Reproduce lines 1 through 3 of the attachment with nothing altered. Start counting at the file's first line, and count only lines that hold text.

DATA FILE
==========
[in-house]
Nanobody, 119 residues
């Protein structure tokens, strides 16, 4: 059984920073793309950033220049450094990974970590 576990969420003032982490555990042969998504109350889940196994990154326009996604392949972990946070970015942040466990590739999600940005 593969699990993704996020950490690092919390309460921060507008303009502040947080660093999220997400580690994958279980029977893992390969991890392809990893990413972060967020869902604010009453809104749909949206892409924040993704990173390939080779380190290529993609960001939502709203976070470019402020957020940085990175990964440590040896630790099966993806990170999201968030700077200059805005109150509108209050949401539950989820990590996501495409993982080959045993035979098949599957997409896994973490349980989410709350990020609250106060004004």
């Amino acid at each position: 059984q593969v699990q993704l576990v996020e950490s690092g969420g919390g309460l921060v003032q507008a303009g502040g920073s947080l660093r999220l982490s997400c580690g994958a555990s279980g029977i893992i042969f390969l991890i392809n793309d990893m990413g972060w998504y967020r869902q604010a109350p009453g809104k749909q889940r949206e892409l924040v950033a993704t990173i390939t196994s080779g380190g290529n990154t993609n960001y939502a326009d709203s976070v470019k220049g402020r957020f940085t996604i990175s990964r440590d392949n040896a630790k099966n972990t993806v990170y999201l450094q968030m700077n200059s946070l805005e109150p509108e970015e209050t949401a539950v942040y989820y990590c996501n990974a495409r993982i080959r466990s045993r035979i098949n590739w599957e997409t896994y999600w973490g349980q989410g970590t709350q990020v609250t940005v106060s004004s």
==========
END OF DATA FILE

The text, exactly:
[in-house]
Nanobody, 119 residues
């Protein structure tokens, strides 16, 4: 059984920073793309950033220049450094990974970590 576990969420003032982490555990042969998504109350889940196994990154326009996604392949972990946070970015942040466990590739999600940005 593969699990993704996020950490690092919390309460921060507008303009502040947080660093999220997400580690994958279980029977893992390969991890392809990893990413972060967020869902604010009453809104749909949206892409924040993704990173390939080779380190290529993609960001939502709203976070470019402020957020940085990175990964440590040896630790099966993806990170999201968030700077200059805005109150509108209050949401539950989820990590996501495409993982080959045993035979098949599957997409896994973490349980989410709350990020609250106060004004």